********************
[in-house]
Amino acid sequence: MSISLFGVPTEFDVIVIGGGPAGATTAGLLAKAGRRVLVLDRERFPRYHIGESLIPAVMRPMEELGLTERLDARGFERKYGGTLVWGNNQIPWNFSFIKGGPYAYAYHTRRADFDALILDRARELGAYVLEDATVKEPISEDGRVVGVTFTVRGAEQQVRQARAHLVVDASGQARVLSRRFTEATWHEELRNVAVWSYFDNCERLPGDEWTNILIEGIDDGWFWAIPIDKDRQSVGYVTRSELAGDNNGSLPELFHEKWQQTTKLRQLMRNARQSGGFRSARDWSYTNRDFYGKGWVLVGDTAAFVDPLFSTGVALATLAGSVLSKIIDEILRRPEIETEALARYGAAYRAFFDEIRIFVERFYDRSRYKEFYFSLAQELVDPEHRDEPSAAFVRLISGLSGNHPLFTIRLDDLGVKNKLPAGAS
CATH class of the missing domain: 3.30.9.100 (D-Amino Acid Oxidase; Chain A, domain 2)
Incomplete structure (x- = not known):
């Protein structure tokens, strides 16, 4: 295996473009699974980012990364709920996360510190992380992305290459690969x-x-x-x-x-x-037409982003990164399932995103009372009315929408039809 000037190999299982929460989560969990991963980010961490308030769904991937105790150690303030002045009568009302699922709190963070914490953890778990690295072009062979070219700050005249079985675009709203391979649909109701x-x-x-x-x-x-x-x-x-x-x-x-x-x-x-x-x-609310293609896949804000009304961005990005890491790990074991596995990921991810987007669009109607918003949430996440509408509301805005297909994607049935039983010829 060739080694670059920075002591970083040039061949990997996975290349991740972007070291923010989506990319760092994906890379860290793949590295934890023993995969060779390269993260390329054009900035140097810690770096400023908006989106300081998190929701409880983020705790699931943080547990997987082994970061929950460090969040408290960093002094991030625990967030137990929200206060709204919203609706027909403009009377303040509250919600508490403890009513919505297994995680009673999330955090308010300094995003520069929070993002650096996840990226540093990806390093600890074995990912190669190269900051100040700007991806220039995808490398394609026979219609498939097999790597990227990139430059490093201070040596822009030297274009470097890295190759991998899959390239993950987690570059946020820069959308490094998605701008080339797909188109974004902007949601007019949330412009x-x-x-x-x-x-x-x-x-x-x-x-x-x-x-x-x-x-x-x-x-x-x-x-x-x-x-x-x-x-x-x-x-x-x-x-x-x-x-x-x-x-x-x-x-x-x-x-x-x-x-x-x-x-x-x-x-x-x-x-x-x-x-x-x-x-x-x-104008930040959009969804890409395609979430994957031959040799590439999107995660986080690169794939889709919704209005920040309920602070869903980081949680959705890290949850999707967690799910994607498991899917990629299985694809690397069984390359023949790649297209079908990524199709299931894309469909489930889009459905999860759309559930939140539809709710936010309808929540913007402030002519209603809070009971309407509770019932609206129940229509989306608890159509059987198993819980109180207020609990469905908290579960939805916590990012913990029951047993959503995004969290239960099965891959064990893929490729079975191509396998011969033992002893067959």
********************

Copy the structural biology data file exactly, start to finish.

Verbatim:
[in-house]
Amino acid sequence: MSISLFGVPTEFDVIVIGGGPAGATTAGLLAKAGRRVLVLDRERFPRYHIGESLIPAVMRPMEELGLTERLDARGFERKYGGTLVWGNNQIPWNFSFIKGGPYAYAYHTRRADFDALILDRARELGAYVLEDATVKEPISEDGRVVGVTFTVRGAEQQVRQARAHLVVDASGQARVLSRRFTEATWHEELRNVAVWSYFDNCERLPGDEWTNILIEGIDDGWFWAIPIDKDRQSVGYVTRSELAGDNNGSLPELFHEKWQQTTKLRQLMRNARQSGGFRSARDWSYTNRDFYGKGWVLVGDTAAFVDPLFSTGVALATLAGSVLSKIIDEILRRPEIETEALARYGAAYRAFFDEIRIFVERFYDRSRYKEFYFSLAQELVDPEHRDEPSAAFVRLISGLSGNHPLFTIRLDDLGVKNKLPAGAS
CATH class of the missing domain: 3.30.9.100 (D-Amino Acid Oxidase; Chain A, domain 2)
Incomplete structure (x- = not known):
């Protein structure tokens, strides 16, 4: 295996473009699974980012990364709920996360510190992380992305290459690969x-x-x-x-x-x-037409982003990164399932995103009372009315929408039809 000037190999299982929460989560969990991963980010961490308030769904991937105790150690303030002045009568009302699922709190963070914490953890778990690295072009062979070219700050005249079985675009709203391979649909109701x-x-x-x-x-x-x-x-x-x-x-x-x-x-x-x-x-609310293609896949804000009304961005990005890491790990074991596995990921991810987007669009109607918003949430996440509408509301805005297909994607049935039983010829 060739080694670059920075002591970083040039061949990997996975290349991740972007070291923010989506990319760092994906890379860290793949590295934890023993995969060779390269993260390329054009900035140097810690770096400023908006989106300081998190929701409880983020705790699931943080547990997987082994970061929950460090969040408290960093002094991030625990967030137990929200206060709204919203609706027909403009009377303040509250919600508490403890009513919505297994995680009673999330955090308010300094995003520069929070993002650096996840990226540093990806390093600890074995990912190669190269900051100040700007991806220039995808490398394609026979219609498939097999790597990227990139430059490093201070040596822009030297274009470097890295190759991998899959390239993950987690570059946020820069959308490094998605701008080339797909188109974004902007949601007019949330412009x-x-x-x-x-x-x-x-x-x-x-x-x-x-x-x-x-x-x-x-x-x-x-x-x-x-x-x-x-x-x-x-x-x-x-x-x-x-x-x-x-x-x-x-x-x-x-x-x-x-x-x-x-x-x-x-x-x-x-x-x-x-x-x-x-x-x-x-104008930040959009969804890409395609979430994957031959040799590439999107995660986080690169794939889709919704209005920040309920602070869903980081949680959705890290949850999707967690799910994607498991899917990629299985694809690397069984390359023949790649297209079908990524199709299931894309469909489930889009459905999860759309559930939140539809709710936010309808929540913007402030002519209603809070009971309407509770019932609206129940229509989306608890159509059987198993819980109180207020609990469905908290579960939805916590990012913990029951047993959503995004969290239960099965891959064990893929490729079975191509396998011969033992002893067959």